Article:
According to the Rome Statute, Bensouda is only allowed to proceed against Israelis if the ICC Pretrial Chamber agrees that Palestine is a state.
It is expected to agree with Bensouda. But in the unexpected scenario that the ICC Pretrial Chamber rules Palestine is not a state, the entire investigation would very likely fall by the wayside.
Next, the Post pressed about why her 120-page legal brief of December 20 did not mention Israel’s vast efforts at warning Palestinian civilians to evacuate war-zone areas during Operation Protective Edge.
Bensouda responded: “Should the judges render a ruling in response to our request to confirm the scope of the territorial jurisdiction in this situation, we will see how we can provide further details of our assessment of the statutory criteria to the public, including on the questions of jurisdiction and admissibility [which could include analyzing Israel’s attempts to warn Palestinian civilians.]”
A major objection of the Israeli side has been that Bensouda appeared to treat Israel and Hamas with a certain relative equivalence.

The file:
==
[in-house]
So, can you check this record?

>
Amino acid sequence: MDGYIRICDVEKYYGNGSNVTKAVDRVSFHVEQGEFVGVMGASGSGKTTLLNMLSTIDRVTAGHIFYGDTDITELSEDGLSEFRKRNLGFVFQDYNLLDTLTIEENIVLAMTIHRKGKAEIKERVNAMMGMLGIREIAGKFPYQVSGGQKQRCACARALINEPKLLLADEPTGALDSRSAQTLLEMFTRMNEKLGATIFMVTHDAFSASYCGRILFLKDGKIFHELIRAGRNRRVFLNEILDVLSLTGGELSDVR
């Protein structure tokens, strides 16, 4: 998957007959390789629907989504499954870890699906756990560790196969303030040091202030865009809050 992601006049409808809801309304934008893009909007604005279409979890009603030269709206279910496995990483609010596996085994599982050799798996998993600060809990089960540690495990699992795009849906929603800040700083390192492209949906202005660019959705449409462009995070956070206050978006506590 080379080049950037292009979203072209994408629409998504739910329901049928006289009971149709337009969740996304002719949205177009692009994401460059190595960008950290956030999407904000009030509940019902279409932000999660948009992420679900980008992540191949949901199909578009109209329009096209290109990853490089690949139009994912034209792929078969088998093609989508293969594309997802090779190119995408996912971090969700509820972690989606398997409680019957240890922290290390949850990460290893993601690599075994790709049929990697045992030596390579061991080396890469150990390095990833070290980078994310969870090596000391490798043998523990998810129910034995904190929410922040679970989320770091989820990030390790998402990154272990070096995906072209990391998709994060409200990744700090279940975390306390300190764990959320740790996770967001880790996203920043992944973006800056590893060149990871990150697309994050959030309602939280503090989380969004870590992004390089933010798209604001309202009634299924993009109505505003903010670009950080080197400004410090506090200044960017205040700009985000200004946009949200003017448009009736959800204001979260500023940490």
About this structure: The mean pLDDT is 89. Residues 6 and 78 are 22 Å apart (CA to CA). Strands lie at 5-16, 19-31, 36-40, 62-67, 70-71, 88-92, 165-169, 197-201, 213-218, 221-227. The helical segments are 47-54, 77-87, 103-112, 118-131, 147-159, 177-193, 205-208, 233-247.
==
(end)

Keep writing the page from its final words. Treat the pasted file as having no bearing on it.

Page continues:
In fact, while she mentions alleged war crimes by the Palestinian side, the word “Hamas” does not even appear in the main press release summary that many journalists and officials used as their platform for understanding her decision.
A careful reading of her 120-page brief shows that Bensouda has concluded that Hamas has done zero investigations of its rocket attacks on civilians, whereas the IDF has performed substantial probes of alleged war-crimes incidents involving its own soldiers.
Bensouda was pressed why she did not state clearly in her summary that she would move forward more quickly in her investigation against Hamas than against Israel. This would seem to follow logically from her own legal conclusions that only Israel has investigated itself.
She responded: “Should the judges render a ruling in response to our request to confirm the scope of the territorial jurisdiction in this situation, we will see how we can provide further details of our assessment of the statutory criteria to the public, including on the questions of jurisdiction and admissibility [whether her investigation against Hamas will move faster].”